Guest column by Alex Hussain (BA ’16)
The global movement of social enterprise has made its way into the streets of Fresno, and it is starting to make a lasting difference. For the latest happenings, check out #SoEnt17, “Social Entrepreneurship for the Common Good,” Thursday, April 6, 2017, from 9:30 a.m. to 2:00 p.m. in Butler Church, 4884 E. Butler Ave., Fresno. Join students, business professionals, church people and entrepreneurs to explore opportunities and meet people who are changing our community. Register at Event Brite
But what exactly is social enterprise? And why is Fresno a great city for it to take root in? Leaders from Fresno Pacific University have started paving the way for this emerging strategy to take hold.
Five years ago, then-mayor Ashley Swearengin asked a number of faith leaders a very pointed question: “Given Fresno’s level of concentrated poverty, what is the role of the faith institutions in the economic well-being of our neighbors?” This led to a year-long research process, and from that, dozens of examples of social enterprise models from across the country were collected. These models addressed community problems but in a format that maintains three bottom lines: profitability, social impact and environmental stewardship. This would enable faith institutions to use their assets and skills with social enterprise formats as an effective and sustainable tool for lasting change. A local movement was born, and now many of these models have been catalyzed in our city.
A social enterprise is an organization that uses creative and sustainable solutions through business to address social, cultural and environmental issues. It is an entirely new way of thinking that combines the sustainability and potential for growth of a for-profit company with the positive social impact and heart of a nonprofit or community benefit organization. This can be a challenging new idea, since the only choice often seems to be between making an impact on people’s lives or making enough money to support our family.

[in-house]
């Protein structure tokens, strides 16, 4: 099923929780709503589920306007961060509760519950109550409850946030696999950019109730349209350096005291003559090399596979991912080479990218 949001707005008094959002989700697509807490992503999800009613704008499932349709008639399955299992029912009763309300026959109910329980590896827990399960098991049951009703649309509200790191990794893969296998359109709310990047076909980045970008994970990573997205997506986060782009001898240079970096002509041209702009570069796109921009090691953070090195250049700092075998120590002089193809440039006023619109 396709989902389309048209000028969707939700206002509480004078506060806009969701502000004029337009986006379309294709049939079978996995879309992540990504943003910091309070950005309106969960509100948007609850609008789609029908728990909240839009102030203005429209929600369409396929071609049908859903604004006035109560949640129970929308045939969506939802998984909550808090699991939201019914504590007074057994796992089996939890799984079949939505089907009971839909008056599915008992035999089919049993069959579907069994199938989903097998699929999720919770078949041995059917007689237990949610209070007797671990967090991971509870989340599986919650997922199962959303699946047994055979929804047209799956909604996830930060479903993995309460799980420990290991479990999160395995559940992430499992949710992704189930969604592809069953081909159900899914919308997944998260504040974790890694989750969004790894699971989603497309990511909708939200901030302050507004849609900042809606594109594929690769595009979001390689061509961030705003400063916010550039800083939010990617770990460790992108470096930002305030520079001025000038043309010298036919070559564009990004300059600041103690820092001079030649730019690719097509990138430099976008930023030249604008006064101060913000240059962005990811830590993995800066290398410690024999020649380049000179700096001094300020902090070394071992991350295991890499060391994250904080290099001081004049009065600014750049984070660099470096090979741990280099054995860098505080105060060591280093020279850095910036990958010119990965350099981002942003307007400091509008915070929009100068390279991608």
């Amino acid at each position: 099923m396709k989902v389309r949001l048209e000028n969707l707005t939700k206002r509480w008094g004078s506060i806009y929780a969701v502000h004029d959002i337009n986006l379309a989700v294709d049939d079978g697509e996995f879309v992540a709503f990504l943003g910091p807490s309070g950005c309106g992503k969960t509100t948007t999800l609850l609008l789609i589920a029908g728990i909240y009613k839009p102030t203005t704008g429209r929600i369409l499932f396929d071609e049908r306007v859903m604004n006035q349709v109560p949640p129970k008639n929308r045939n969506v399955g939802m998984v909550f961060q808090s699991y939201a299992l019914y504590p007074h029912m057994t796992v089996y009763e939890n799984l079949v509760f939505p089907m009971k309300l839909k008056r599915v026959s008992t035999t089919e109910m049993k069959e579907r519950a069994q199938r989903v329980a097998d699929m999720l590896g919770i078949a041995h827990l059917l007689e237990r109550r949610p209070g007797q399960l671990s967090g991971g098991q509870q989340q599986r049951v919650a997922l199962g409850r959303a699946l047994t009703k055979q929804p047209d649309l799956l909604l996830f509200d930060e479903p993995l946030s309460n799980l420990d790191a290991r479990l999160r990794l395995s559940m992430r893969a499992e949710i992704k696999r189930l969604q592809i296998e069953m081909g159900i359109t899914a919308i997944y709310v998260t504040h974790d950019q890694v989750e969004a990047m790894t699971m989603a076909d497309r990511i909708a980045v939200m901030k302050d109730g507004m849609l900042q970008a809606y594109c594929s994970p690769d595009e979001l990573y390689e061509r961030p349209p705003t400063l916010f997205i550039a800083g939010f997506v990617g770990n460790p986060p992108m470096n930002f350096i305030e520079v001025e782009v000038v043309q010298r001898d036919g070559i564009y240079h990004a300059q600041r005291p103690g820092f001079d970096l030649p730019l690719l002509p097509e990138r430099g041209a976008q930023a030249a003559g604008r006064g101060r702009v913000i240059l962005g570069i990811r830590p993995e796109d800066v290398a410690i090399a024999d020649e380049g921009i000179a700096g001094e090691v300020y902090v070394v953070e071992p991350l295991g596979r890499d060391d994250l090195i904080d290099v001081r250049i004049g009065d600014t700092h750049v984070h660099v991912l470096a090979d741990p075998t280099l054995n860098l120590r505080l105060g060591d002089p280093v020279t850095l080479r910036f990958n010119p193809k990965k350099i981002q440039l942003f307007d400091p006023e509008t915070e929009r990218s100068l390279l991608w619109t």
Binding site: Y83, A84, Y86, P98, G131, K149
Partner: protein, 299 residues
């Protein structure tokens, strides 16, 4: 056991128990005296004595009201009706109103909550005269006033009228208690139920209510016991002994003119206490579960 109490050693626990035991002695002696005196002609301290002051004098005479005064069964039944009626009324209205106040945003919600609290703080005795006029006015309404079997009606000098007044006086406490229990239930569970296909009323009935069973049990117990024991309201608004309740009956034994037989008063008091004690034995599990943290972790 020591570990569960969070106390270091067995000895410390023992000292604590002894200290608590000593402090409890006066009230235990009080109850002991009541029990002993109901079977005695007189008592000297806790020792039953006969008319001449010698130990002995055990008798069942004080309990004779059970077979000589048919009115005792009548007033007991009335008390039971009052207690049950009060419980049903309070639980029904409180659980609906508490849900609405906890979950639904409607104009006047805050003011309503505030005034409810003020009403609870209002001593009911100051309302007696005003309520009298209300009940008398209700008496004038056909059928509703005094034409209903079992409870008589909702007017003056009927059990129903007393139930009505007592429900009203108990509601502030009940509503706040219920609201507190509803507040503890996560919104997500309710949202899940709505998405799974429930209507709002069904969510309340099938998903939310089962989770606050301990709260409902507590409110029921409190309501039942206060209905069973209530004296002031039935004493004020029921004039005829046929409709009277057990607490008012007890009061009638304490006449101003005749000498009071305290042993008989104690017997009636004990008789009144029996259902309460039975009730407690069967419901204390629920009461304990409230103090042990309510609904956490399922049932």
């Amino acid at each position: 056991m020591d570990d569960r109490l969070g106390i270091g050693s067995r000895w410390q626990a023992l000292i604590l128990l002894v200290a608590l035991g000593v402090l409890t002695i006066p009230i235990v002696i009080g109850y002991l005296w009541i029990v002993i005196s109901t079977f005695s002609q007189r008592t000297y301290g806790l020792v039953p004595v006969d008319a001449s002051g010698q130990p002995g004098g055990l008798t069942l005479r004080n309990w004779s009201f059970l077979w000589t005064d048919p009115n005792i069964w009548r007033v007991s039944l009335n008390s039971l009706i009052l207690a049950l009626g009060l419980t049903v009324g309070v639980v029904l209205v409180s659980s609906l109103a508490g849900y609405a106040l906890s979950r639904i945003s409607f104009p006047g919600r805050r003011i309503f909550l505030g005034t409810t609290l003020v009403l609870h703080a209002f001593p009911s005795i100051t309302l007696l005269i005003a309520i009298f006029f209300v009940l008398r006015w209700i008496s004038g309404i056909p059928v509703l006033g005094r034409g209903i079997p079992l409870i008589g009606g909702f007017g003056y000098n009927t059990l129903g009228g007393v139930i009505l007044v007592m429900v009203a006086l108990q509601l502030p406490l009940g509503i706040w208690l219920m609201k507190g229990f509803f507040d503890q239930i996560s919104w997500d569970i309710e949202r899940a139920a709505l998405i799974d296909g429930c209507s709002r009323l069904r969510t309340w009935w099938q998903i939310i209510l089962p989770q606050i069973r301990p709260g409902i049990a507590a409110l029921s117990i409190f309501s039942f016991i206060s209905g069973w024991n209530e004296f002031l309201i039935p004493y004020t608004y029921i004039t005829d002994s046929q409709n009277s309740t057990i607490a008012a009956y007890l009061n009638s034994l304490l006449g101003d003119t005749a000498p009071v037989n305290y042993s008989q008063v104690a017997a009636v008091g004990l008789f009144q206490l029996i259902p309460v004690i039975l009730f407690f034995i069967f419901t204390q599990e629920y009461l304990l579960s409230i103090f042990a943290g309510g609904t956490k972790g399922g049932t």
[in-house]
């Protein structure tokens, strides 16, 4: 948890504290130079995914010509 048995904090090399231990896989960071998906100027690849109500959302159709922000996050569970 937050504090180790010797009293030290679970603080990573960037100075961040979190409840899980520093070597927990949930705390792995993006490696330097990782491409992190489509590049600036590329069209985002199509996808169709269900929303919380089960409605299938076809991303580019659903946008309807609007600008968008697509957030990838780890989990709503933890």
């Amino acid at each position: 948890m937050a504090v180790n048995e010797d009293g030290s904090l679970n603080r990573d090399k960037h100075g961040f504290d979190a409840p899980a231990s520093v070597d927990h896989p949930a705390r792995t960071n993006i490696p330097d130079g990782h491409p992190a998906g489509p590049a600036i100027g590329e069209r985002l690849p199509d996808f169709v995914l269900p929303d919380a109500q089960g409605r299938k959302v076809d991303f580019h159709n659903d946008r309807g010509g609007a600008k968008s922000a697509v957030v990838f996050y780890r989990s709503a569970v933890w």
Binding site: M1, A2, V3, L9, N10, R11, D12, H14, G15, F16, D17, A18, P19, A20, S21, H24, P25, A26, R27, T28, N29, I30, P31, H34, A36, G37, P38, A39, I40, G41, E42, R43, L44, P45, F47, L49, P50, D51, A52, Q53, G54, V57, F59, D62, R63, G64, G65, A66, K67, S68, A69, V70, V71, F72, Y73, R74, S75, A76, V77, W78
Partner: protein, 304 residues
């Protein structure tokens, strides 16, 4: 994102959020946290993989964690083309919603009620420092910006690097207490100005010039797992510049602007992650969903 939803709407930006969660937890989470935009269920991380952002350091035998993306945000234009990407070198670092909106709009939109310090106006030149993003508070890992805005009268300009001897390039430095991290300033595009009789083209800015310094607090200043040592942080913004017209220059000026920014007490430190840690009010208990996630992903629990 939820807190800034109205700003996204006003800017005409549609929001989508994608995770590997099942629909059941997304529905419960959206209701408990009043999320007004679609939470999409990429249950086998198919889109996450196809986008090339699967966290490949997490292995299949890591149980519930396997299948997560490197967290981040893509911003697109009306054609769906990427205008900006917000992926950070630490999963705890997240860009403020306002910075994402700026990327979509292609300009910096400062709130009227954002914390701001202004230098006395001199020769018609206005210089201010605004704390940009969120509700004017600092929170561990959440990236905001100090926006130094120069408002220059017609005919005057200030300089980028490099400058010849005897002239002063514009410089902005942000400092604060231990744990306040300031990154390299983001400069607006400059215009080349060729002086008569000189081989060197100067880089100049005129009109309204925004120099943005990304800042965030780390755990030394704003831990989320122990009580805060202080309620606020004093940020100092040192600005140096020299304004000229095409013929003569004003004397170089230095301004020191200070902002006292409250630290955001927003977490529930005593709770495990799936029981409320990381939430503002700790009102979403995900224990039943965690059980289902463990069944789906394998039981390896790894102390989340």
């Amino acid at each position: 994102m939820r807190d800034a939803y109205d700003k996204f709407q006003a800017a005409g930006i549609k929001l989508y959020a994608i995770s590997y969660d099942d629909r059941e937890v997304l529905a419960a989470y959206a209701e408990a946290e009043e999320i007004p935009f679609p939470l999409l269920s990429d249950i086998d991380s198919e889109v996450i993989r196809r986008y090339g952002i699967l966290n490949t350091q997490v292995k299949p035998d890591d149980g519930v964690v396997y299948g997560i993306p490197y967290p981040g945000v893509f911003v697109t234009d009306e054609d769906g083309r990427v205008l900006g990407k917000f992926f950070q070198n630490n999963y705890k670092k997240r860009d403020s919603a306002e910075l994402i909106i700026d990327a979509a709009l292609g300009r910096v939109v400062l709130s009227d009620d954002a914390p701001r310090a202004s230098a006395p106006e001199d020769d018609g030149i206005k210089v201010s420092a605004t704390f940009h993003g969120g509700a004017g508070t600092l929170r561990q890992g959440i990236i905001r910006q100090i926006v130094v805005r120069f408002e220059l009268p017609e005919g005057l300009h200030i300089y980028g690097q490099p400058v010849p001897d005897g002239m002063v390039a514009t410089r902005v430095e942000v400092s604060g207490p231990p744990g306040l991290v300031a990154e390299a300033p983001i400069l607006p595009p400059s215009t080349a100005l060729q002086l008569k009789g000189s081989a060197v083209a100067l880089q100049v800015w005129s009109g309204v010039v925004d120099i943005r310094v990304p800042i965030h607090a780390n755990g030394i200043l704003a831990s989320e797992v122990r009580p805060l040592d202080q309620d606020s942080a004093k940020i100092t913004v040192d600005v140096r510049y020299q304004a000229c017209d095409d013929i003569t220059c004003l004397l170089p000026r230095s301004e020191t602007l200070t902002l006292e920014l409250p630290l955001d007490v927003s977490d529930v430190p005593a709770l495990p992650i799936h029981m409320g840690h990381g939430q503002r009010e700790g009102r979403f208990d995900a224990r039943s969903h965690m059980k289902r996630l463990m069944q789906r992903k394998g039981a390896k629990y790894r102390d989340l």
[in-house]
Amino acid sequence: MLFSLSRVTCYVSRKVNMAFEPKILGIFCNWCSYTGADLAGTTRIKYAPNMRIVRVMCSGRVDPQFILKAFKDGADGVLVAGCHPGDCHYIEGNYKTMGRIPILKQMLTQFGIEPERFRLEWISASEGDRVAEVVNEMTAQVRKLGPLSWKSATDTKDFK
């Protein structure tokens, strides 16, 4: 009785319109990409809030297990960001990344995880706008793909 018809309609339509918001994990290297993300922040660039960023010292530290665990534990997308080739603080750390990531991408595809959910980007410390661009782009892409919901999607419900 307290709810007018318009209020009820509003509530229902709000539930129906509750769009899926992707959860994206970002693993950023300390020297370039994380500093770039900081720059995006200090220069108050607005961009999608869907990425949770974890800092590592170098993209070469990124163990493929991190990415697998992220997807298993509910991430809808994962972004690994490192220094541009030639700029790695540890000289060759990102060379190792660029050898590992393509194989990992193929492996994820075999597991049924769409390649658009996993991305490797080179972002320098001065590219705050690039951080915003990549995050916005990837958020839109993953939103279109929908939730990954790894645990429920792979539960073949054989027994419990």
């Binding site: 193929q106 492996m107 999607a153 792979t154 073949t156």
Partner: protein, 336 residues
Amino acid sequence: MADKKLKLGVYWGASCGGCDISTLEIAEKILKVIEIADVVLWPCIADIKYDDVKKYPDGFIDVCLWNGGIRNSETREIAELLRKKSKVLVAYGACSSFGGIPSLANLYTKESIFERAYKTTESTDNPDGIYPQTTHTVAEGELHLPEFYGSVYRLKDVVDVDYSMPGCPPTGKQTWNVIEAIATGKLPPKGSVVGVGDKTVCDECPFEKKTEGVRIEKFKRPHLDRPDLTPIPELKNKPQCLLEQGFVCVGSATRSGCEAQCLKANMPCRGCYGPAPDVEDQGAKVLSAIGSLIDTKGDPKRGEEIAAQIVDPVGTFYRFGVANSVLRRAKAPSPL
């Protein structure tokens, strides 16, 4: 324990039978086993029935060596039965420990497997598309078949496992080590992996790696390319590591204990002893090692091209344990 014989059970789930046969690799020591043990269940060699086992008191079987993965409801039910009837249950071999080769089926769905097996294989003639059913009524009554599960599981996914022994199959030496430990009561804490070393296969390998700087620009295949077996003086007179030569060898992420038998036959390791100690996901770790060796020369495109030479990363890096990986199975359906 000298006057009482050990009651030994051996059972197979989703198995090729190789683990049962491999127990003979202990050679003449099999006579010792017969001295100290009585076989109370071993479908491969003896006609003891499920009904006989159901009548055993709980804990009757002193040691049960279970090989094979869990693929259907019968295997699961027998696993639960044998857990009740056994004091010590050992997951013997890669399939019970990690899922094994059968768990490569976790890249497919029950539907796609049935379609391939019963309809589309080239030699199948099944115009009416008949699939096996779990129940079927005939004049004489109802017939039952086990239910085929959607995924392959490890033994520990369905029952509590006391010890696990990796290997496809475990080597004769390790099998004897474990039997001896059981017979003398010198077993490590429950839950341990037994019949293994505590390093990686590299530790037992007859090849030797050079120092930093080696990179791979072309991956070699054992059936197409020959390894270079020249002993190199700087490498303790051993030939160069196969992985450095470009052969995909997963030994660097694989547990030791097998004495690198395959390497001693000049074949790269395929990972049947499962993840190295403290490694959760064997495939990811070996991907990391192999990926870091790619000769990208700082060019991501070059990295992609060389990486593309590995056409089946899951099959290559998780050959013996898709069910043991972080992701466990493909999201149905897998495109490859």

As leaders in our community, social entrepreneurs create, fund and implement solutions to community issues. Fresno is a great city for this new concept to take root in, not because of the many challenges that our city faces, but rather because of the many great people here who believe in our city and who are willing to do something to see their neighbors’ lives improved. A great example is Tree of Life Cafe in Fresno, which serves delicious food while employing people coming out of drug and alcohol rehabilitation. Another encouraging example includes Rock Pile Yard Service, which employs formerly incarcerated men to do water-wise landscaping.
But how does this creative movement grow? The Center for Community Transformation is collaborating with the School of Business and many other community leaders, such as Jake Soberal, co-founder/CEO of Bitwise Industries, and Tim Goetz, co-founder/CEO of Aplos Software, to make it happen. You’ll find these leaders stimulating ideas for starting something new on April 6 at #SoEnt17.
Come and be a part of this global movement, right here in our city.
To grab your ticket for this event: Event Brite
To find the event on Facebook: Facebook event
Alex Hussain earned a B.A. in contemporary Christian ministries and business administration management, winning the Harold H. Haak Award for Academic Achievement and Leadership. He is currently an intern with the FPU Center for Community Transformation.